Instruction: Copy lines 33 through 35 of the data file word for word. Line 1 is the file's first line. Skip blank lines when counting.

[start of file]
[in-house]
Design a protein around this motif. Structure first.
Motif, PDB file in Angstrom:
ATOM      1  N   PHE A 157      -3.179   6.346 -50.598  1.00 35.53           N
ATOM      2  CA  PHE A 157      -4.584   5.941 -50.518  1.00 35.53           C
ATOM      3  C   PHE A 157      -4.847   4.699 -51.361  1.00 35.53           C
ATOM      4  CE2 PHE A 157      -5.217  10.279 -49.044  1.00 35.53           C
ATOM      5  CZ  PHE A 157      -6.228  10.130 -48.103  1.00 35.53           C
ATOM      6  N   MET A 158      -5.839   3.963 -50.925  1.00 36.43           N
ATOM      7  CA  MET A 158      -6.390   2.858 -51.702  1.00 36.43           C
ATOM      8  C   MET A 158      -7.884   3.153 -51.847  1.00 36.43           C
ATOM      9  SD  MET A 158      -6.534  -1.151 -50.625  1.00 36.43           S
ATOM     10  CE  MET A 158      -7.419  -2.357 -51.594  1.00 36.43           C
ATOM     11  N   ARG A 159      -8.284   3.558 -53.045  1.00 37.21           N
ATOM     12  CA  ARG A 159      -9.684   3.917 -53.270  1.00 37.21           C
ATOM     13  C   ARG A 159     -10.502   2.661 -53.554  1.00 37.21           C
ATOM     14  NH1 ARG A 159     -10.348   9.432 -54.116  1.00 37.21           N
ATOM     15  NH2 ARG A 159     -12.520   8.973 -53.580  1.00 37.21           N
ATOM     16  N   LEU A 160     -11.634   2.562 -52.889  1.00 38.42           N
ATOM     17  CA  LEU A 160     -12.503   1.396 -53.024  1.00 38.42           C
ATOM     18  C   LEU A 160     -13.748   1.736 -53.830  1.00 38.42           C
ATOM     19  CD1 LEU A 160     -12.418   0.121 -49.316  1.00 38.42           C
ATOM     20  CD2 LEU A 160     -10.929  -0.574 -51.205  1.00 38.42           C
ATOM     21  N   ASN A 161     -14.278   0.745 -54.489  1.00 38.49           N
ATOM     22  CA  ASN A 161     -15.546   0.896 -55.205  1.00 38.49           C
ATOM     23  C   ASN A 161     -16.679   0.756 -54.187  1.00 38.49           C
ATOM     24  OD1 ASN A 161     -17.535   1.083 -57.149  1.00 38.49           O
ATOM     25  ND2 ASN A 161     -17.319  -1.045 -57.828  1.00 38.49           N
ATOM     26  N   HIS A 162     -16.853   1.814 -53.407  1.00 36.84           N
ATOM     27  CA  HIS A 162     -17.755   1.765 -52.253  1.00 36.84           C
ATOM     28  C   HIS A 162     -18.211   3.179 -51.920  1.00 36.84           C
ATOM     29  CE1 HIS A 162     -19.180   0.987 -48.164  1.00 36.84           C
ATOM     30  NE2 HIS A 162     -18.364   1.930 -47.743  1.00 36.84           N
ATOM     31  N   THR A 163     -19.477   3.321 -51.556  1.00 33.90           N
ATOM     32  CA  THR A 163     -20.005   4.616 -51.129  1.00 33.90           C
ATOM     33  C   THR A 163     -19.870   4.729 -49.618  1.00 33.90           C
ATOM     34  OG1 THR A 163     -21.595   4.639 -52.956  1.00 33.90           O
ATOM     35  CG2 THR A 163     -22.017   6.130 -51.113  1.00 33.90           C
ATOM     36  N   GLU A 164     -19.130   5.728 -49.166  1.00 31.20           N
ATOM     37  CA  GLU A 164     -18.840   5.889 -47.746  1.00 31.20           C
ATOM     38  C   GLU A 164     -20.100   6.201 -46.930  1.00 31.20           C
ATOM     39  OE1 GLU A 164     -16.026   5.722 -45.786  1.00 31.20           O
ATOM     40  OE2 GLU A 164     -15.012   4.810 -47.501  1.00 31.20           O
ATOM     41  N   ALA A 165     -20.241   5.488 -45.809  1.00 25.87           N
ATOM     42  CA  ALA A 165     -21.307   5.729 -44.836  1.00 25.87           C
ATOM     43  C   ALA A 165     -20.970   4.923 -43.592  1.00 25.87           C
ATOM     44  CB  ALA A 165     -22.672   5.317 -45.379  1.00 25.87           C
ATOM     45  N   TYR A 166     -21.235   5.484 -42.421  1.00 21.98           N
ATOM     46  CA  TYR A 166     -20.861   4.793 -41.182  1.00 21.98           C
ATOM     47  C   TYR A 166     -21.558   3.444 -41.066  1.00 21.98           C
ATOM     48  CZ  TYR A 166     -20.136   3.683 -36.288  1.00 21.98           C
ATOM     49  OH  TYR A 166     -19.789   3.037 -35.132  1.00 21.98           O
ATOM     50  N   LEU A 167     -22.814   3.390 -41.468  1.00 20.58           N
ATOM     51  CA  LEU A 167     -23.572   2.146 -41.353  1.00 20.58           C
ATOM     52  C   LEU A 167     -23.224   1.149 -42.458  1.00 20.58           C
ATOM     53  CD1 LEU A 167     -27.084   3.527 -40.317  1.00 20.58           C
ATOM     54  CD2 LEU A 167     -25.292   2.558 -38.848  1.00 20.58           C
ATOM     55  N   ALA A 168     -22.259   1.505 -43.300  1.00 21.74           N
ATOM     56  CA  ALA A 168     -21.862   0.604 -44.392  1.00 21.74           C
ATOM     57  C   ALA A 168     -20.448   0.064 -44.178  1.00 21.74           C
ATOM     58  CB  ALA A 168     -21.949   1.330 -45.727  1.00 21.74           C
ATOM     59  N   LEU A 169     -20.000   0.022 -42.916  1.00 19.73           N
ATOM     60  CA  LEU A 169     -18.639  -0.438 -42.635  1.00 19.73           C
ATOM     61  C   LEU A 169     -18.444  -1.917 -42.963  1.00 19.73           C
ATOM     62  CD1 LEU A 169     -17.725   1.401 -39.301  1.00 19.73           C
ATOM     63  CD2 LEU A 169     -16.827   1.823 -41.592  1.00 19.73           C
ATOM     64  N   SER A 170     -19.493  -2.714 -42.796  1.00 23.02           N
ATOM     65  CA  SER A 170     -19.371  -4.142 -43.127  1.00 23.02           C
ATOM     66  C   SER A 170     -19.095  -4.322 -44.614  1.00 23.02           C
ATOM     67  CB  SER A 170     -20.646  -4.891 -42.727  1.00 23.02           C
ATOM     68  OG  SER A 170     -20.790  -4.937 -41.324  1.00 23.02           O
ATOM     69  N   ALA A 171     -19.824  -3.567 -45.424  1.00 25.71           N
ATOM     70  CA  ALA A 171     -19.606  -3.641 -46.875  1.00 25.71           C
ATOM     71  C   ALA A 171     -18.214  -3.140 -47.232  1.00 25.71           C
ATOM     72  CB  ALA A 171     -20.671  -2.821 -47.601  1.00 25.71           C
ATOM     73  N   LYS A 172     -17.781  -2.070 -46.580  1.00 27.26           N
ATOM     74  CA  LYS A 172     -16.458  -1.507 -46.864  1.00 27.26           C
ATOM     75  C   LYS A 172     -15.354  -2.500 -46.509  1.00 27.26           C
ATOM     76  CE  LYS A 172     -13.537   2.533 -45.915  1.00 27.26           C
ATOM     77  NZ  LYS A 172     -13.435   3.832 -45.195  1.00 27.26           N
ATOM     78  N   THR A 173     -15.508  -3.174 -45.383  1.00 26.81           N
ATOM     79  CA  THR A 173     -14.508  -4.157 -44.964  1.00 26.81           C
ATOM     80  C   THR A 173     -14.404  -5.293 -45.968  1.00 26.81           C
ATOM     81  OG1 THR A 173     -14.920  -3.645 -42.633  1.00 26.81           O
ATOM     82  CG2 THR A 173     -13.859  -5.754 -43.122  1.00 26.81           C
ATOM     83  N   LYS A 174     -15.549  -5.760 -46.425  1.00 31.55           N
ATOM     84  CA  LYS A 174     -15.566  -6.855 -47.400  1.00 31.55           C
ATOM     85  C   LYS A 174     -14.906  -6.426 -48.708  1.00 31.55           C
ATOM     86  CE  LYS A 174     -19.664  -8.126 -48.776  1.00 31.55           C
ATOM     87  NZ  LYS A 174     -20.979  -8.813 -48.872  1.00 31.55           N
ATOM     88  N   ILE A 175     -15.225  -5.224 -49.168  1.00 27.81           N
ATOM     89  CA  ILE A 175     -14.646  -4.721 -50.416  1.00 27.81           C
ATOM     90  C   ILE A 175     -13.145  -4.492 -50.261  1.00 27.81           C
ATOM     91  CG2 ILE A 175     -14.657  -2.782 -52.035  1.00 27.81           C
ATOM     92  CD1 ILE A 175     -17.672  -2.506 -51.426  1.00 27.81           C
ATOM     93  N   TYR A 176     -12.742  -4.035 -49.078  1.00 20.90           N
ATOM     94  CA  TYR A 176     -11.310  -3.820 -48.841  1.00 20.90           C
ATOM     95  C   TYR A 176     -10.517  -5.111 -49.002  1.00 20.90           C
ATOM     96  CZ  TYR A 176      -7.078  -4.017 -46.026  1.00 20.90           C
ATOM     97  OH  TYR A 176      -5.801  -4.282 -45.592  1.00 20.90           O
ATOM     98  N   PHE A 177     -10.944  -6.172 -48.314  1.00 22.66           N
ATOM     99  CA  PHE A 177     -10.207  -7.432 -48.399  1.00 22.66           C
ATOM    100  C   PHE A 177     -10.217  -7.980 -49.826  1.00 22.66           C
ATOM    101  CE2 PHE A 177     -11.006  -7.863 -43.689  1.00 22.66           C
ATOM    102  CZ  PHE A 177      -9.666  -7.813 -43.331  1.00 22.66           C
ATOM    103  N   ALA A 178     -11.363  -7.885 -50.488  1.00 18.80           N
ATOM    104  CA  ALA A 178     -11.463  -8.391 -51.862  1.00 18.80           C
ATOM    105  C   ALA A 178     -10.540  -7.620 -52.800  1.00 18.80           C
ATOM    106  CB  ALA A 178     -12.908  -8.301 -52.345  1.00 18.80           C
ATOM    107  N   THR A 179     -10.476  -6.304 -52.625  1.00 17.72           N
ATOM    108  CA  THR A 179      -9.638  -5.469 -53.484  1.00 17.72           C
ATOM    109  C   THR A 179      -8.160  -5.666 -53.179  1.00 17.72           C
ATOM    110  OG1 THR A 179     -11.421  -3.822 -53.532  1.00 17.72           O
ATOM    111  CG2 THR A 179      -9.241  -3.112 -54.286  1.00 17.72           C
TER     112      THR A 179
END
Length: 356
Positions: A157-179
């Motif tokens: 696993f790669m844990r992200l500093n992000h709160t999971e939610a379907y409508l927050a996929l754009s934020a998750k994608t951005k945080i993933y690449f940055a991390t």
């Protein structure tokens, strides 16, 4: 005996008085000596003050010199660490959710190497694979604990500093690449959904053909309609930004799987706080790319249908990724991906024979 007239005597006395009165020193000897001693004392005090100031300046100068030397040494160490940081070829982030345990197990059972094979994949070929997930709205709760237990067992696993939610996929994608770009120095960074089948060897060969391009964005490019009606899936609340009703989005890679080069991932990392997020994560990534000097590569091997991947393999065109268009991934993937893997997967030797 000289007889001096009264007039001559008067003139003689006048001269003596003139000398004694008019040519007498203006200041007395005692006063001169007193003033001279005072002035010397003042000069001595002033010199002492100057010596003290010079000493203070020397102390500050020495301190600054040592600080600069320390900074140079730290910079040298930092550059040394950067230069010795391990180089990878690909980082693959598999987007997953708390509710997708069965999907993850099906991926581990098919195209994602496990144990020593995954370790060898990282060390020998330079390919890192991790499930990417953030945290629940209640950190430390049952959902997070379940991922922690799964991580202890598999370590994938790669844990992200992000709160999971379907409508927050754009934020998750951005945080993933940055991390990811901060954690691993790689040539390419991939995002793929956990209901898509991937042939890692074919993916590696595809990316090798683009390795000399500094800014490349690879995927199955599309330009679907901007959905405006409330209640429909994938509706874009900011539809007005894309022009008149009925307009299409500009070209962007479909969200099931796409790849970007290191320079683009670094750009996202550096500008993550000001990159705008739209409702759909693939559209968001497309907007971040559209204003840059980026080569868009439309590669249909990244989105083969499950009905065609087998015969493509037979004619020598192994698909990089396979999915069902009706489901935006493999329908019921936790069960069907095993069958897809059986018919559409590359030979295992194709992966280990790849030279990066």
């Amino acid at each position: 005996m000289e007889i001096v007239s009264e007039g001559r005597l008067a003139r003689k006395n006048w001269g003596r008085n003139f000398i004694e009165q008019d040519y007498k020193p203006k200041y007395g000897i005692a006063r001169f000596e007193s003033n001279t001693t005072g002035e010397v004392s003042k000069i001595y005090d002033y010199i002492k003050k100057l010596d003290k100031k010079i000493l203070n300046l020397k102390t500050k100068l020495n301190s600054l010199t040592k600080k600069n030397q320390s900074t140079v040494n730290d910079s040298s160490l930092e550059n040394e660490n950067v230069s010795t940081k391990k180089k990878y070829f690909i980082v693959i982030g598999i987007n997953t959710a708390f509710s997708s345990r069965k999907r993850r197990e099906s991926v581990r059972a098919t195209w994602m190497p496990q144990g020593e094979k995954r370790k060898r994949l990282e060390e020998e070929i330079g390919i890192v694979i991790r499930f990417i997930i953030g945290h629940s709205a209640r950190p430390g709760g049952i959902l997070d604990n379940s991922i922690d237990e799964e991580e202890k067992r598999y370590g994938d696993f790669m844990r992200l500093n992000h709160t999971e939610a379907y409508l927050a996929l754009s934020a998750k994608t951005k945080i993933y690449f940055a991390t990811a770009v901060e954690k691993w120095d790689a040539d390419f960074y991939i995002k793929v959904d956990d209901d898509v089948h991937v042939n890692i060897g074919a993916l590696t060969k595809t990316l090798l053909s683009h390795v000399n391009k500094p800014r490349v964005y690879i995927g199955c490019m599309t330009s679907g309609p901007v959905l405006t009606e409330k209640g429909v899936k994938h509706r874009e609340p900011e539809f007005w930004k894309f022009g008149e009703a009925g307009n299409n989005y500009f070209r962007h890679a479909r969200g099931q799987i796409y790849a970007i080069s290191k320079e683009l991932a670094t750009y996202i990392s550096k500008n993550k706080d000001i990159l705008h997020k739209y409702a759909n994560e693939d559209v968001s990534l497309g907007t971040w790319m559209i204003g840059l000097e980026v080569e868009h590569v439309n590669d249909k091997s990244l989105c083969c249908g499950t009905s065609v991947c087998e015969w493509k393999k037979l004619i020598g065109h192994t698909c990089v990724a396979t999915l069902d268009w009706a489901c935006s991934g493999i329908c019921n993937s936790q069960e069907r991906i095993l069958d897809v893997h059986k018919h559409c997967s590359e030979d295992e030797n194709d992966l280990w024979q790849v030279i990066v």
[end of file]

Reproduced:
ATOM     30  NE2 HIS A 162     -18.364   1.930 -47.743  1.00 36.84           N
ATOM     31  N   THR A 163     -19.477   3.321 -51.556  1.00 33.90           N
ATOM     32  CA  THR A 163     -20.005   4.616 -51.129  1.00 33.90           C